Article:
When the time came for the last practicum class, I pulled myself together and took the class, managing to stop crying for the entire hour. Then Judgment Time had arrived- final assessments. At this point, I was so certain I had failed and I was already trying to figure out what to say to my family and friends about my failure. I walked in and sat down with my teacher and the first thing she said was, “You taught an AWESOME class, so what the hell is going on in your head right now?!” She and I speak the same language, I appreciate her directness and it allows me to respond in-kind. “When you’ve internalized that a single mistake equals absolute failure for five years, it can be hard to get out of your own way, especially when you’re exhausted.”

When my teacher hit me with that direct question, it charged my brain and the reason hit me like a brick. I have always had high expectations for myself. These were never imposed by my parents or teachers because they could always see that I didn’t need outside pressure to perform well, I had enough intrinsic motivation to do well. This only becomes a problem when you start working for a company (or start a relationship with a person) that recognizes your intrinsic motivation and exploits it to demand perfection at all costs. In my case, it’s my job where my perfectionism is exploited. At work, anything less than perfect is failure. There is no positive feedback, no recognition of effort or that you’re even a human being who will make mistakes. It’s merely, you made a mistake- you failed. Five years of that can be incredibly damaging to the psyche.

Dr. Brené Brown talks about perfectionism and its relationship to shame in many of her books, and I highly recommend you read them (links below) because they are making a huge difference in my understanding of myself. I broke down at teacher training because I felt deep shame for making that mistake. I wasn’t good enough. I failed. All of that hard work, for naught. Five years of that attitude forced on me at work, and I had internalized it as if it were truth. We live in a culture of perfectionism and shame. I think about all of the young moms I know who are in constant fear of being perceived as a bad parent. The level of judgment and expectation has gotten out of control and it’s part of what is contributing to rampant stress and mental illness (IMHO). Talking about what’s going on in our head is still somewhat stigmatized. Breaking down is seen as weakness in a world that has no room for weak moments.

Breaking down at yoga teacher training is probably one of the best things you can do. Why? Because where are you going to find a more spiritually enlightened, safe, open place to breakdown? Where are you going to find more kind, compassionate, understanding people? Yogis are an exceptional group of people on a good day, but they really shine on a bad day when you’ve ripped yourself apart from the inside out. To my fellow classmates: I have so much gratitude for your kindness that day and every day.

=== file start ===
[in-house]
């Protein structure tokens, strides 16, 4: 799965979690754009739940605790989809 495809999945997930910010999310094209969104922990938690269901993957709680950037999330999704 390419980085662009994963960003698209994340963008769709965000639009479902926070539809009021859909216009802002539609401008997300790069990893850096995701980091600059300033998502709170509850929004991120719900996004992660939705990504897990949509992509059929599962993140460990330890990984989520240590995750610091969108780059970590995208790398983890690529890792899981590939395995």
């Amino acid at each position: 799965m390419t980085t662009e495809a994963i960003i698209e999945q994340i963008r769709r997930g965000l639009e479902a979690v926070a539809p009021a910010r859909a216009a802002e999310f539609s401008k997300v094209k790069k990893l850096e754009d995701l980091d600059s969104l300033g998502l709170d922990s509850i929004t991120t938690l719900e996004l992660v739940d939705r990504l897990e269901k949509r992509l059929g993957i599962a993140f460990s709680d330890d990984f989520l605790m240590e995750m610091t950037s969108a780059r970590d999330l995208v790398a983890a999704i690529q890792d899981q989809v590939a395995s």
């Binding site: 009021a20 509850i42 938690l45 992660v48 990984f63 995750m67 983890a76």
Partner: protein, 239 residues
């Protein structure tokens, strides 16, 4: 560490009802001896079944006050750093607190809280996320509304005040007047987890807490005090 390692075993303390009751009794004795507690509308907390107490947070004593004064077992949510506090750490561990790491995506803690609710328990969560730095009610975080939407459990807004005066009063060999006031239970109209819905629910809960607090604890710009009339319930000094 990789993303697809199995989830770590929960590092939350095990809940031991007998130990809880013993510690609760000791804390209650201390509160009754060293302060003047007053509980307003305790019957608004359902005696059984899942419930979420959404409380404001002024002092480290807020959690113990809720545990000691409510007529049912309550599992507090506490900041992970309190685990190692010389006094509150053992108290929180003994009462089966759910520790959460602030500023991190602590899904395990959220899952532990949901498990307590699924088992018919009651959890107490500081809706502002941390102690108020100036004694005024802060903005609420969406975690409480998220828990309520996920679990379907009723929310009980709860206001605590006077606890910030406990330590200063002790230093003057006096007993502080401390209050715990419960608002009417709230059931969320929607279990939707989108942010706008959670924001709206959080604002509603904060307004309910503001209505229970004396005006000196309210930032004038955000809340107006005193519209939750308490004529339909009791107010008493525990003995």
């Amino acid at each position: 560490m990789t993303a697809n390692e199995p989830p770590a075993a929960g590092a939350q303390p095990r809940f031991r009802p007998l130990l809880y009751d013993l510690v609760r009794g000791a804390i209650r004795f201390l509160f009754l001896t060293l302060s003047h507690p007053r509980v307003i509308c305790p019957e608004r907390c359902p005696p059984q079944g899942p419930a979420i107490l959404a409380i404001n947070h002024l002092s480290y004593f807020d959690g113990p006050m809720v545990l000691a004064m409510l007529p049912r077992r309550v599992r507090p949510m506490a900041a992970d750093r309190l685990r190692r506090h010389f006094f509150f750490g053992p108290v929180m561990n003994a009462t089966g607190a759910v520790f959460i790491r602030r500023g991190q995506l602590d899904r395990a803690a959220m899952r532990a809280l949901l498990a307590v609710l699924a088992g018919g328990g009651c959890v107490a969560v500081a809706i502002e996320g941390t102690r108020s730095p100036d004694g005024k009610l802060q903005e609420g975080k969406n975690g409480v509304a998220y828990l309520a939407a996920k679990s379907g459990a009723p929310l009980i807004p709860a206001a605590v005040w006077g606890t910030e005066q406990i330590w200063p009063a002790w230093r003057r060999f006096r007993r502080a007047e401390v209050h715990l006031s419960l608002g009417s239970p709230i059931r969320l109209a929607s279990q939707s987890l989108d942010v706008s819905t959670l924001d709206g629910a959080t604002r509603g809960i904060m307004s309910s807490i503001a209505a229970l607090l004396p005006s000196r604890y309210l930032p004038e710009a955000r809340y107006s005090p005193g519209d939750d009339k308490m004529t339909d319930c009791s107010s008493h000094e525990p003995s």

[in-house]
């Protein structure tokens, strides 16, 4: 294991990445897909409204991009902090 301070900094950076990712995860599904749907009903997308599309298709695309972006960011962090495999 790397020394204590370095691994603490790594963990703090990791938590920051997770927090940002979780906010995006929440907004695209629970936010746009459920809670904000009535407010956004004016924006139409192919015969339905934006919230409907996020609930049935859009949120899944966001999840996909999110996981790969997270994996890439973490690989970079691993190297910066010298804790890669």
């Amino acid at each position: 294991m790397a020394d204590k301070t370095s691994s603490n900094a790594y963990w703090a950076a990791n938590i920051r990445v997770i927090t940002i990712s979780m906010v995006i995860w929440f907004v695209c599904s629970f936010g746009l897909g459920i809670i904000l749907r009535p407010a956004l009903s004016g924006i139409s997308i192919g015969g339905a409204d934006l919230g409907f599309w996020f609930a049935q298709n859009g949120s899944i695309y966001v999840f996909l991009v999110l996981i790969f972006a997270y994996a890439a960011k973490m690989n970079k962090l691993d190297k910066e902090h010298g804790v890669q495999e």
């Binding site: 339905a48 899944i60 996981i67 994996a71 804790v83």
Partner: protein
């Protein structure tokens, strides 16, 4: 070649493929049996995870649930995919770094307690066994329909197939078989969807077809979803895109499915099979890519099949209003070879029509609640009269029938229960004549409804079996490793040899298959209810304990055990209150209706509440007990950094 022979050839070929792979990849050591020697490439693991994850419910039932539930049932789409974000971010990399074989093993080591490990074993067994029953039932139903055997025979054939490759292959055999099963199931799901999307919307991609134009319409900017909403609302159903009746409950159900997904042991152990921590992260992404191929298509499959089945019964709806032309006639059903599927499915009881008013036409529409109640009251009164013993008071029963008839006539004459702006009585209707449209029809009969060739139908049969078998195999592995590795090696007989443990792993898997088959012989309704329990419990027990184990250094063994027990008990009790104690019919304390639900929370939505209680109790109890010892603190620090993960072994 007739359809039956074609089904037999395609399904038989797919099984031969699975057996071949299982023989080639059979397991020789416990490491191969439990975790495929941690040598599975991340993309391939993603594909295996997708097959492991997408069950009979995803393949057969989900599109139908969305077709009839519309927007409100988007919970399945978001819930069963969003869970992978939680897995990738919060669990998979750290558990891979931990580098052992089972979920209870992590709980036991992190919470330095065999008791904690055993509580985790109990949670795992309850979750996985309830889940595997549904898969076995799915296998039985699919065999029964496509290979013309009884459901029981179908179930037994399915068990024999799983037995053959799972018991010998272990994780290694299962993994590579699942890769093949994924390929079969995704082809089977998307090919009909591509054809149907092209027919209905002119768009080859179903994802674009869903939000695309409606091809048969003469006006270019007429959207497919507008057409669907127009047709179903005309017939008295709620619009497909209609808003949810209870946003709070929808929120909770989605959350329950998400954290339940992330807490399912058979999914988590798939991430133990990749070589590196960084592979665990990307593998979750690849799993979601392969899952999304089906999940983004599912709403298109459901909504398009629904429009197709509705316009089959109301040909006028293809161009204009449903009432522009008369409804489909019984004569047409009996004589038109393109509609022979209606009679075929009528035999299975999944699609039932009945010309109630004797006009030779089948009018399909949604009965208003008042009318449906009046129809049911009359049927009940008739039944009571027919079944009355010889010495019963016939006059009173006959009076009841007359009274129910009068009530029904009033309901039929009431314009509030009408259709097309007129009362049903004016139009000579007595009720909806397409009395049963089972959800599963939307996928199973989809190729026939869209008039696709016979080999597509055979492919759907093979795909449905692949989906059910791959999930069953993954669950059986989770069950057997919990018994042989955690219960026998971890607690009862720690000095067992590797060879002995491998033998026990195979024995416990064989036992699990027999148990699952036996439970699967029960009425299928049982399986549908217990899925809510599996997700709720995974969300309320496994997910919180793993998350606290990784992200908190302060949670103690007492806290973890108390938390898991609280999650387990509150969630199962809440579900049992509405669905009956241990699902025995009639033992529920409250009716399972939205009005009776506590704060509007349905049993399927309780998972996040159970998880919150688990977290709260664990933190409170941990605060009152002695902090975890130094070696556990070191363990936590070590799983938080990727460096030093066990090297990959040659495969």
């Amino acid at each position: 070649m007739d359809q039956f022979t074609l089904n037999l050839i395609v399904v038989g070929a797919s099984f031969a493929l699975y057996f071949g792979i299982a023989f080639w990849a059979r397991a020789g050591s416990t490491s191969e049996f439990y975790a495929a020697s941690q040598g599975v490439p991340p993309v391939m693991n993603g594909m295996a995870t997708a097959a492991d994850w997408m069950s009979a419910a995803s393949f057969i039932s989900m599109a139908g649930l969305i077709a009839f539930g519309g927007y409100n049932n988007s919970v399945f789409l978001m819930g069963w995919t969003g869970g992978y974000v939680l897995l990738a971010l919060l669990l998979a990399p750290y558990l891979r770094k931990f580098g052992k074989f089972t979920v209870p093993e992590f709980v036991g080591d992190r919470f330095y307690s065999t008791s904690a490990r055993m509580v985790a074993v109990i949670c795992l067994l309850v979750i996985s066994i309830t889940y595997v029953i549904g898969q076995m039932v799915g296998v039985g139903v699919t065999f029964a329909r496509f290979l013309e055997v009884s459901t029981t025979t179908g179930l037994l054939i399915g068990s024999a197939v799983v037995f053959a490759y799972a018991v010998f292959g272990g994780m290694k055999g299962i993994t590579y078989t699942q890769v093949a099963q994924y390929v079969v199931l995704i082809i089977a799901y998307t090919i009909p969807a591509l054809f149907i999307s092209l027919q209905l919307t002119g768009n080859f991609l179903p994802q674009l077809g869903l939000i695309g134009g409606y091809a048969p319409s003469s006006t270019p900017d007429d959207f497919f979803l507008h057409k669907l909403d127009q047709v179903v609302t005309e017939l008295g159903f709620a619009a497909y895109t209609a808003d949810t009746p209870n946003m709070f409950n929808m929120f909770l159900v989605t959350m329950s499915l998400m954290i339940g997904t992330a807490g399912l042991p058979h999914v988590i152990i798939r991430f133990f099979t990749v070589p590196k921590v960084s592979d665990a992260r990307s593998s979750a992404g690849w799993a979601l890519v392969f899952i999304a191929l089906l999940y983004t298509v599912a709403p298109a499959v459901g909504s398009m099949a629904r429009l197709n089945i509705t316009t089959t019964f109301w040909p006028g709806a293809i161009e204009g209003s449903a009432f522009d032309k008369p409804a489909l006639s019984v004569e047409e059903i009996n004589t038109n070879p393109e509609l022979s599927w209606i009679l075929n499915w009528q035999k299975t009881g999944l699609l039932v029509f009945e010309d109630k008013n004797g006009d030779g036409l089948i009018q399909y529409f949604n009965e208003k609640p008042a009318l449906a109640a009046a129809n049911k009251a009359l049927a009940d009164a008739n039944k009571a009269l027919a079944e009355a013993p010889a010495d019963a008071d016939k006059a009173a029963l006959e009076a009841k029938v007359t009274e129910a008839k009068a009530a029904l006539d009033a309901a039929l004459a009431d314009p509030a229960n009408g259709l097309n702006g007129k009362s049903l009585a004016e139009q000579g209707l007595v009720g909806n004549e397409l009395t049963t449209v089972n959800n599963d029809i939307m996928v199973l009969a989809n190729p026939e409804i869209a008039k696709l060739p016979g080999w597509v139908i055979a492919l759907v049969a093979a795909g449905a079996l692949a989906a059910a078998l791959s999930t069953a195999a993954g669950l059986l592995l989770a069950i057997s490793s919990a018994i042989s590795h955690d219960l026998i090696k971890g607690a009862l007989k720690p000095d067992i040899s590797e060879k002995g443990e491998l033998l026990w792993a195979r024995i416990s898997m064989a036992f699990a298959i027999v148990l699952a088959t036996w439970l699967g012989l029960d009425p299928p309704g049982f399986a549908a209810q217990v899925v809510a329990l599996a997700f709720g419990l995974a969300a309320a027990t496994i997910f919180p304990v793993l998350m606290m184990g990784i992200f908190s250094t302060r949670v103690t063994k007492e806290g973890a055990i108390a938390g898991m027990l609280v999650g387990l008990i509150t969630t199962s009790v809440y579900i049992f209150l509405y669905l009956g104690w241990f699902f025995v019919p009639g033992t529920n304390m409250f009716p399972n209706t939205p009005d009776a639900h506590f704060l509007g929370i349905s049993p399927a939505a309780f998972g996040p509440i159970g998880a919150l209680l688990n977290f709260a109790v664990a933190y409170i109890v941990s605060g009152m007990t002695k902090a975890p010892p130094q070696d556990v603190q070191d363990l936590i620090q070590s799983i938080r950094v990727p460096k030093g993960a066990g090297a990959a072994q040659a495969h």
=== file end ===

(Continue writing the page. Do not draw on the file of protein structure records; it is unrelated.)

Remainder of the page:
The good news: this absolute breakdown helped me have a breakthrough. Five years of repressed emotion burst through the walls I had built to keep them at bay so I could function. I didn’t just cry on the way home from yoga teacher training that night, I sobbed myself dry. I sobbed and sobbed and sobbed, tears I should have shed so many times and just couldn’t because that too would be a sign of failure. I sobbed away the weight of perfectionism that had me stressed and anxious every day of my life after starting at my company. I came out the other side of those tears a different person. A person who was going to do her best not to let other people define me. A person unwilling to except the unrealistic expectations of others. A person who could make mistakes without feeling like a failure. It was the beginning of something.

It’s been a week since all of this. The Hubs told me last night that he can’t believe how different I am. He told me I’m so much more relaxed and lighter, that he can tell I’m not sitting next to him on the couch and thinking about all of the things I should be doing. I’m more present. My new goal is to maintain this to the best of my ability. I do not want to go back to that world of repressed emotions and feelings of constant failure. Life is far too short and beautiful to waste it letting other people define you.

Books I’ve read by Brené Brown:

Rising Strong

I Thought It Was Just Me (But It Isn’t)

Waltzing Together


Lord Huron’s new track 🙂

A new song came out from one of my favorite bands, Lord Huron, and as soon as I heard the first few measures, I knew I would be in love with it for one simple reason: it was a waltz. For some reason, I am sonically attracted to waltzes. I can’t resist them. Most of my all-time favorite songs are set to a 3/4 waltz time. Music has always been not just an important part of my life, but a crucial and vital element of my every day. It’s core to who I am. When I can’t focus, music helps me. When I can’t sleep, music helps me. When I’m feeling lonely, music helps me. The deep love of music is something The Hubs and I share. Some nights, we’ll sit on the couch and surf Spotify together, listening to new music or playing Name that Tune or simply enjoying an album we both love.

Along with being sonically attracted to waltzes, I think that music at it’s most base existence, vibration, is what also attracts us to the people in our lives. Think about it- sometimes you just don’t like someone and can’t explain why. I think that the reason for that is dissonance on a vibrational level. I think the same goes for the idea of ‘love at first sight,’ it’s not really sight that does it, it’s our energetic vibrations.